The Bailout is the worst possible solution to a terrible problem. It makes no sense to me to bankrupt the American people in order to prop up the institution that caused the problem. It also makes no sense to me that we should allow the government to manage any bailout given that our Congressmen and last 2 presidents are complicit in this event.

Answered by: TonyInKY on 10/2/08
joepierce

Answer:

We're broke. Might as well face the truth. It's time to march on Washington with pitch-forks and torches. Ride them all out on a rail / start over from scratch.

Answered by: joepierce on 9/24/08
Lizzie314

Answer:

I'm scared to bits about this. I just have this feeling that all of latin america, along with China and Russia, are laughing at all of this and just waiting for the dollar to crash and establish a new world order.

That's my paranoia talking. The more likely problems are that (1) taxes are going to go up for everyone no matter what political party holds the white house, (2) more people are going to lose their jobs and homes, and be completely unable to pay off their debt, potentially leading to unprecedented poverty and crime, and (3) cost of living will skyrocket, making day to day living pretty difficult...something this country hasn't really seen in 80 years.

I am hoping our government can be smart about this and fix things correctly. Though I keep going back to that book, "The Shock Doctrine," that claims that this administration in particular is just waiting for disaster as an opportunity to push through sweeping legislation that screws ordinary citizens and makes the rich richer. Naomi Klein is a scary prophet.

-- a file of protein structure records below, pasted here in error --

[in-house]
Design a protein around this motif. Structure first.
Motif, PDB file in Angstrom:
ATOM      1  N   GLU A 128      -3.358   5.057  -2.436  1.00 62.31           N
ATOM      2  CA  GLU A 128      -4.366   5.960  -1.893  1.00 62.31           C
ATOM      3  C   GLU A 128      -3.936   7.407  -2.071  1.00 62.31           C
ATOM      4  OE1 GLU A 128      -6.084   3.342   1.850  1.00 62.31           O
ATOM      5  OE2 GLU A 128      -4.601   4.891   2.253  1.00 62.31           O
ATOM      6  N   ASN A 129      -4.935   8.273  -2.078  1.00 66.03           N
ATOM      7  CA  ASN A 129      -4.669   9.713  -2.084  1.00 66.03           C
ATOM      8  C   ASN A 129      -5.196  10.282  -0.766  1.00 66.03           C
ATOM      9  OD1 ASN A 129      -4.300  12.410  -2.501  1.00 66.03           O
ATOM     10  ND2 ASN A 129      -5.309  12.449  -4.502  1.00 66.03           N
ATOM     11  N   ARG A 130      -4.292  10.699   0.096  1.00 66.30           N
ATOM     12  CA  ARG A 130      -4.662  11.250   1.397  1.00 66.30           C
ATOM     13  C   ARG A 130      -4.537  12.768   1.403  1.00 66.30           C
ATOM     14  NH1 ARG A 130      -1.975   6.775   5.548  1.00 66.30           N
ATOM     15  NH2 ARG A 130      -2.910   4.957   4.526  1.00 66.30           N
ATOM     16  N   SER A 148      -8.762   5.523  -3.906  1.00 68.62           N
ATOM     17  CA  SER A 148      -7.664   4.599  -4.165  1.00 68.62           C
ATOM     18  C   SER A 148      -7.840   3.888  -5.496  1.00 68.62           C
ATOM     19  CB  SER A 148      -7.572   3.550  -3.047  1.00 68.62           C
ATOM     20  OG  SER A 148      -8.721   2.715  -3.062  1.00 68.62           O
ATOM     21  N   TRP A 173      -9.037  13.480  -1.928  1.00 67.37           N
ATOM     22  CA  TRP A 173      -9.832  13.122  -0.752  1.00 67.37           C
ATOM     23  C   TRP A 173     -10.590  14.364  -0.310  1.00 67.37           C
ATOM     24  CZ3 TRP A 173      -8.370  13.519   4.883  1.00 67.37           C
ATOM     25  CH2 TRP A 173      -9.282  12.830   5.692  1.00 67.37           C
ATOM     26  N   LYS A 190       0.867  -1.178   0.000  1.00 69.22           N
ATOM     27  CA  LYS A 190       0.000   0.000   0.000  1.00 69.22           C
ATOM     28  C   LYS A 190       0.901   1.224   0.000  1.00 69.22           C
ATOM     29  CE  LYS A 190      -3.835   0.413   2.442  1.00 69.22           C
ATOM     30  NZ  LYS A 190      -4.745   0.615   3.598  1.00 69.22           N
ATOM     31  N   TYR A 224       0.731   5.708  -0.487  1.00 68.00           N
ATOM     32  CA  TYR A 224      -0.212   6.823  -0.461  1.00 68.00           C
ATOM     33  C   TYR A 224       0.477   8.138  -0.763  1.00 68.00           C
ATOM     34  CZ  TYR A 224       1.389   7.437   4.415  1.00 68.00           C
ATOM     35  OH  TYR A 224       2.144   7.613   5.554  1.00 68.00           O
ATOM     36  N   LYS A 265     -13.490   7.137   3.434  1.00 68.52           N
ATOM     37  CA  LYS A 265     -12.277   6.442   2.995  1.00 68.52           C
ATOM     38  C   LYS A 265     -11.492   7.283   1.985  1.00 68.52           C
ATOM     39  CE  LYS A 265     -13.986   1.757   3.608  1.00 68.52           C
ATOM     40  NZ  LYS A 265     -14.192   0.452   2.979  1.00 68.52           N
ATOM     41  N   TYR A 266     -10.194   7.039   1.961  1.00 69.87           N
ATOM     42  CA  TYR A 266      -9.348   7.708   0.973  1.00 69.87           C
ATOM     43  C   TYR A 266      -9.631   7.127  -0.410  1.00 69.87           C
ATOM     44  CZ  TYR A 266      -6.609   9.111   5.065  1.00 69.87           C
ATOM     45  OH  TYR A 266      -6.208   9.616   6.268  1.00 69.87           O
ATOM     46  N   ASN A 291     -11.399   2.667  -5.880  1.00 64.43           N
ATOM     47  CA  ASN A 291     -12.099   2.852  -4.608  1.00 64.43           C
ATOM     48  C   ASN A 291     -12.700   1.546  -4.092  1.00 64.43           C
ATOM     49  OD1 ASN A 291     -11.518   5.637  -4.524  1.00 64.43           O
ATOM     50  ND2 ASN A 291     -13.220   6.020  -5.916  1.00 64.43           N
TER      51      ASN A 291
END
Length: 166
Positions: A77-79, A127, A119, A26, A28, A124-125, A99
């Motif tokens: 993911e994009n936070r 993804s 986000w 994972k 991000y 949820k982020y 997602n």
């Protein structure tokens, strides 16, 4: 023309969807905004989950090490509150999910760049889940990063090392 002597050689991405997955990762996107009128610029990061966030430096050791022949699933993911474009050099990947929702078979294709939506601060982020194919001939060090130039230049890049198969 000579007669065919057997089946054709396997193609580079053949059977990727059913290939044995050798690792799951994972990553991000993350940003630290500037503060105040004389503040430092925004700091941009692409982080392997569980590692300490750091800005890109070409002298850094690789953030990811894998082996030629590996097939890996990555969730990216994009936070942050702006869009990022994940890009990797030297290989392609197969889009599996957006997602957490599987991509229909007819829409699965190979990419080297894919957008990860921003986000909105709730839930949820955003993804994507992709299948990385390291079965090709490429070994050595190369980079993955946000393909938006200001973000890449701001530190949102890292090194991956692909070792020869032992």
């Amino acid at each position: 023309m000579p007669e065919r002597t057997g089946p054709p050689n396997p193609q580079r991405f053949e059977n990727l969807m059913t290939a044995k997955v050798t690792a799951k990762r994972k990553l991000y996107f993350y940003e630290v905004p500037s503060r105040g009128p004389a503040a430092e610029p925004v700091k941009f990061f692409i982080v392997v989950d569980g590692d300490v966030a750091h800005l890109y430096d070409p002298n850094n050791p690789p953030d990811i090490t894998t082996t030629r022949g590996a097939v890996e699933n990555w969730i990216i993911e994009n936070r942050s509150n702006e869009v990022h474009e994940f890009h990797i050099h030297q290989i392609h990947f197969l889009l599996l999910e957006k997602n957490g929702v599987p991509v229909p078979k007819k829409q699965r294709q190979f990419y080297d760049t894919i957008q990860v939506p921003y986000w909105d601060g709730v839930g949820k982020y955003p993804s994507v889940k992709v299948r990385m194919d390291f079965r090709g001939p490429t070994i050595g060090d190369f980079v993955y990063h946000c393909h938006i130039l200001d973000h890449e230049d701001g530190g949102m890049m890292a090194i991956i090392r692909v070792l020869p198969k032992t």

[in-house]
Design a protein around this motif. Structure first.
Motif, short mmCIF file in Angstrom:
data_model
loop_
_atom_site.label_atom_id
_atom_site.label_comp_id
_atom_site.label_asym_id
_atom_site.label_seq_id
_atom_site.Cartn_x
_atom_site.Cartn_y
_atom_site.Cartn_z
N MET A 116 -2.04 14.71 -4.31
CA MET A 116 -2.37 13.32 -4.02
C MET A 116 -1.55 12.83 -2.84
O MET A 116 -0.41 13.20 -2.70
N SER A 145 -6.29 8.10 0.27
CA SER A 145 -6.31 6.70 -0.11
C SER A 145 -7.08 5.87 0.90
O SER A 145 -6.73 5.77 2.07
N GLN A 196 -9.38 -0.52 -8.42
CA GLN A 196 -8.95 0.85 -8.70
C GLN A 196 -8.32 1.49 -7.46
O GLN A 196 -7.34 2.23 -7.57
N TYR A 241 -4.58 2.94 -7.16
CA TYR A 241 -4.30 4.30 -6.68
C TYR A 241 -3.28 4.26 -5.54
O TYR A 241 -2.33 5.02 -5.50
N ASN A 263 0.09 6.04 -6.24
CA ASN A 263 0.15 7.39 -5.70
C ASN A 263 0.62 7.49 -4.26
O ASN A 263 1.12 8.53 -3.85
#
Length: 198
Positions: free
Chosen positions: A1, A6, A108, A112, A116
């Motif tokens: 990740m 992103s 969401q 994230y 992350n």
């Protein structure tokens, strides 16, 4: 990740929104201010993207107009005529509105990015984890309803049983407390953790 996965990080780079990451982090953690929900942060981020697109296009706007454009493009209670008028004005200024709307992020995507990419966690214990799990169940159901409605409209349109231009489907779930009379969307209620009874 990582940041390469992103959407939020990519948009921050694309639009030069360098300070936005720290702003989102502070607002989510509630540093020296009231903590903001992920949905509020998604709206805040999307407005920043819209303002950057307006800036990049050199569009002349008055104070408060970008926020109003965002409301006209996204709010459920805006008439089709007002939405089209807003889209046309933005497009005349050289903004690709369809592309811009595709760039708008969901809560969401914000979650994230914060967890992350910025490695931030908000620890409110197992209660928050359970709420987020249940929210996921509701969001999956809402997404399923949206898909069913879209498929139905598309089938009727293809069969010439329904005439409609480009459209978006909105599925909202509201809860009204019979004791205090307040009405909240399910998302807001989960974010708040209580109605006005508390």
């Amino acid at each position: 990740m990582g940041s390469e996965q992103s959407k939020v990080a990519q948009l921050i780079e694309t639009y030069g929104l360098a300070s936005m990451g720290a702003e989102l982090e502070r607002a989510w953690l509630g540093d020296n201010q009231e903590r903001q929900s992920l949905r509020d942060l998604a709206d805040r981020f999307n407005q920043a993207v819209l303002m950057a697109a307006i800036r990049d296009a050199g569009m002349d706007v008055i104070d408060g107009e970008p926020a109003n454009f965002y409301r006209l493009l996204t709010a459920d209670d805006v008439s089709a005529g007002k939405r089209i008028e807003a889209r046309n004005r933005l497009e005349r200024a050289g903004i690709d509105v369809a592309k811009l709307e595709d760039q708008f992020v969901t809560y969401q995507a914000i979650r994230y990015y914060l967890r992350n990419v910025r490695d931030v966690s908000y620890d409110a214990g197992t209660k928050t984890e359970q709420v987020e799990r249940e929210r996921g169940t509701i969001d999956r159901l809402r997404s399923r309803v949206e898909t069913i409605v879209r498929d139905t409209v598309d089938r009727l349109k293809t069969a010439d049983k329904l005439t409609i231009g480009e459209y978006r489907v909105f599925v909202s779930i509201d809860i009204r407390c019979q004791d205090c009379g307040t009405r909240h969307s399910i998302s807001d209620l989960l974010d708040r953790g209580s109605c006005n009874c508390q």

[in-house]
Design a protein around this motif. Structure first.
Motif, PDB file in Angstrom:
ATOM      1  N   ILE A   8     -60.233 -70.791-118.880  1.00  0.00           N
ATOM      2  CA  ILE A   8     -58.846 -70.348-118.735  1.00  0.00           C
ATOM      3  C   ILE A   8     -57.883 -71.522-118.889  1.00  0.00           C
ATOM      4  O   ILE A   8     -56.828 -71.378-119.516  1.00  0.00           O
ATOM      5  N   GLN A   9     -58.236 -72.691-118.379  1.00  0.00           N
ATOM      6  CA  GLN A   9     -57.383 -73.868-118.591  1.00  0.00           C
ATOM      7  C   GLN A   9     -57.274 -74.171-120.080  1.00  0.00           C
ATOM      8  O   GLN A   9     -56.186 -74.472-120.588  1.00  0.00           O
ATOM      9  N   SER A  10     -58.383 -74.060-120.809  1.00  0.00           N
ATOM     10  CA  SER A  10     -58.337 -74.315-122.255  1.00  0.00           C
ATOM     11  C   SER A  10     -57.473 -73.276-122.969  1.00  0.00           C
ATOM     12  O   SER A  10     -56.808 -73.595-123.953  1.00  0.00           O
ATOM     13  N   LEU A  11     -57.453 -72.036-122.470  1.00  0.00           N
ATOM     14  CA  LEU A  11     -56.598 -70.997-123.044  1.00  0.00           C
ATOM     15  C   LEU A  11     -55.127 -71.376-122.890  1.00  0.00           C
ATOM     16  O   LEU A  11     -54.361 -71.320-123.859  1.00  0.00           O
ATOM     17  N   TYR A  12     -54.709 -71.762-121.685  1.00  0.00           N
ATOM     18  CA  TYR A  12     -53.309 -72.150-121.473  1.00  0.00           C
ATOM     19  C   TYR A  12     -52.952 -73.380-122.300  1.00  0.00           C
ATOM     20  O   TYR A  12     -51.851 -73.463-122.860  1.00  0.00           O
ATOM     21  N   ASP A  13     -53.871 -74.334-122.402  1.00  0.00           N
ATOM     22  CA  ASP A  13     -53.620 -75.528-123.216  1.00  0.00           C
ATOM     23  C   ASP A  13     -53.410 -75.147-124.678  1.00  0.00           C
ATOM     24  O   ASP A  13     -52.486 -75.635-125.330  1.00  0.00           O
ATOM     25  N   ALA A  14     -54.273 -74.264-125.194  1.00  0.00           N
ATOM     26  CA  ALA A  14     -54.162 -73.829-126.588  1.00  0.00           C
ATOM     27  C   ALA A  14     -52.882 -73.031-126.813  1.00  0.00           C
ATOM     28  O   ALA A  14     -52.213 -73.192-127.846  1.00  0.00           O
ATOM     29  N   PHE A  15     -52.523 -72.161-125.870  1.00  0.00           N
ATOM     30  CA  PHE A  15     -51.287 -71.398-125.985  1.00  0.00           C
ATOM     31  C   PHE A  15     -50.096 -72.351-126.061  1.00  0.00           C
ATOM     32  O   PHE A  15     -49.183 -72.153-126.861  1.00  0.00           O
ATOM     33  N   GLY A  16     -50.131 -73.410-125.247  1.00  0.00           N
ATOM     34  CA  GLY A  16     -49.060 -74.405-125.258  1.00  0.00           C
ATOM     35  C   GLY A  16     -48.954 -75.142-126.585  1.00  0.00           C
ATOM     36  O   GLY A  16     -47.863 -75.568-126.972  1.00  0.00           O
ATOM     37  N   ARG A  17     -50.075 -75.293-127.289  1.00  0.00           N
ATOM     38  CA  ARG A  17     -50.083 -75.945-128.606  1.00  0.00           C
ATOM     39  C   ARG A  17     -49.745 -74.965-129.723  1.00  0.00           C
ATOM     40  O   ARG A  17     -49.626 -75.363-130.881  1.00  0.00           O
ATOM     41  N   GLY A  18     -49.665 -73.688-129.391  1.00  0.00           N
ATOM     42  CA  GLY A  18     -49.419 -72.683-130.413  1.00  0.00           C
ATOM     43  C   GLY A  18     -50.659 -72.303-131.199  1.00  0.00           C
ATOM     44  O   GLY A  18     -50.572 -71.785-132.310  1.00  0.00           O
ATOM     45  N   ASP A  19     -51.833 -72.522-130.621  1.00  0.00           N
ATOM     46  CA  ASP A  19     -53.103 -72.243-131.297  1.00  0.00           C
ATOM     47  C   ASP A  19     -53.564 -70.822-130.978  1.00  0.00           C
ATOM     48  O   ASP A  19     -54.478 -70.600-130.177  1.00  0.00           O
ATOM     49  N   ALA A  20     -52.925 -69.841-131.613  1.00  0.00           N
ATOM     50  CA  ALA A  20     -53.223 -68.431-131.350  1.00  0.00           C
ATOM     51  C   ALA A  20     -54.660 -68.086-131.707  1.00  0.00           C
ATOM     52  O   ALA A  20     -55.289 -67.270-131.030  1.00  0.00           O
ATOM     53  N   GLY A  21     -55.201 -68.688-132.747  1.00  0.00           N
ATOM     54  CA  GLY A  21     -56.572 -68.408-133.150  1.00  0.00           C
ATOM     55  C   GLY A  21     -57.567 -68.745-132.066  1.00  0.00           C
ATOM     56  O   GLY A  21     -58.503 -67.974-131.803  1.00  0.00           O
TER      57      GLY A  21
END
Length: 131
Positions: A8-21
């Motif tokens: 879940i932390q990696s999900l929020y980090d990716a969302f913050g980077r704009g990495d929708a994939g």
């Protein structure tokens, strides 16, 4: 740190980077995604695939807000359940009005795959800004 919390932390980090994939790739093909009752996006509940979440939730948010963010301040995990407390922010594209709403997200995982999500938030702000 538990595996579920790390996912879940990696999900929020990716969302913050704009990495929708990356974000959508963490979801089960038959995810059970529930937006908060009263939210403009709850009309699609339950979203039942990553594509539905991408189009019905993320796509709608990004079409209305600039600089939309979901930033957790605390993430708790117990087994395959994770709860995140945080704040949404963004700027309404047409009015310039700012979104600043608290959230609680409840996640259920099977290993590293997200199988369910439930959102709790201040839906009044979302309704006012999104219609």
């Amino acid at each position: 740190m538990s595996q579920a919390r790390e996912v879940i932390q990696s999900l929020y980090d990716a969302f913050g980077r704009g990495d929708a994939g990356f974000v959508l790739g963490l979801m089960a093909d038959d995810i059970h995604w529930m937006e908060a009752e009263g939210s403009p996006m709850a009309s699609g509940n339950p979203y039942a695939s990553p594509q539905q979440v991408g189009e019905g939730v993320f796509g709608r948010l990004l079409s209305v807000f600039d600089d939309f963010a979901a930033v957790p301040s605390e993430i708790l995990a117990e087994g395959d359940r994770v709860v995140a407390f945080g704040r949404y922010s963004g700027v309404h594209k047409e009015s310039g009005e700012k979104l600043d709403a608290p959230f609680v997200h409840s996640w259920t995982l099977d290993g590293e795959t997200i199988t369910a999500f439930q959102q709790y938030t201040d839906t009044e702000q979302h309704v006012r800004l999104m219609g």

Answered by: Lizzie314 on 9/23/08
VictoriaB

Answer:

This issue is fascinating to me. I'm trying hard to understand the balancing act going on right now... bail out the companies and risk this... don't bail out the companies and risk that ...

Our economy is so closely tied to global markets. I heard one talking head explain it this way -- if wall street goes south then less money is made and put into the economy, people lose jobs, they lose their homes, the property taxes don't get paid, so schools don't get funding. You can see how something seemingly so far removed from us can have very local impacts.

For me it comes down to an old saying about money being the root of all evil, which sounds very ignorant, I know, but my sense is that when greed takes over people don't think about what's best for everyone.

What worries me is how I'm beginning to see what's been predicted in NYC at least -- it's becoming a place only the wealthy can truly afford and enjoy. And if you don't fall into that class you're probably poor ... for everyone else it's paycheck to paycheck without a safety net.

Answered by: VictoriaB on 9/23/08
charlotte926

Answer:

I think it is a very complicated situation. Government, wall street and the everyday people who bought homes they couldn't afford are all to blame. I think government involvement is unfortunately necessary now since the collapse of financial institutions is (badly) hurting everyone who has money in the market.

Answered by: charlotte926 on 9/23/08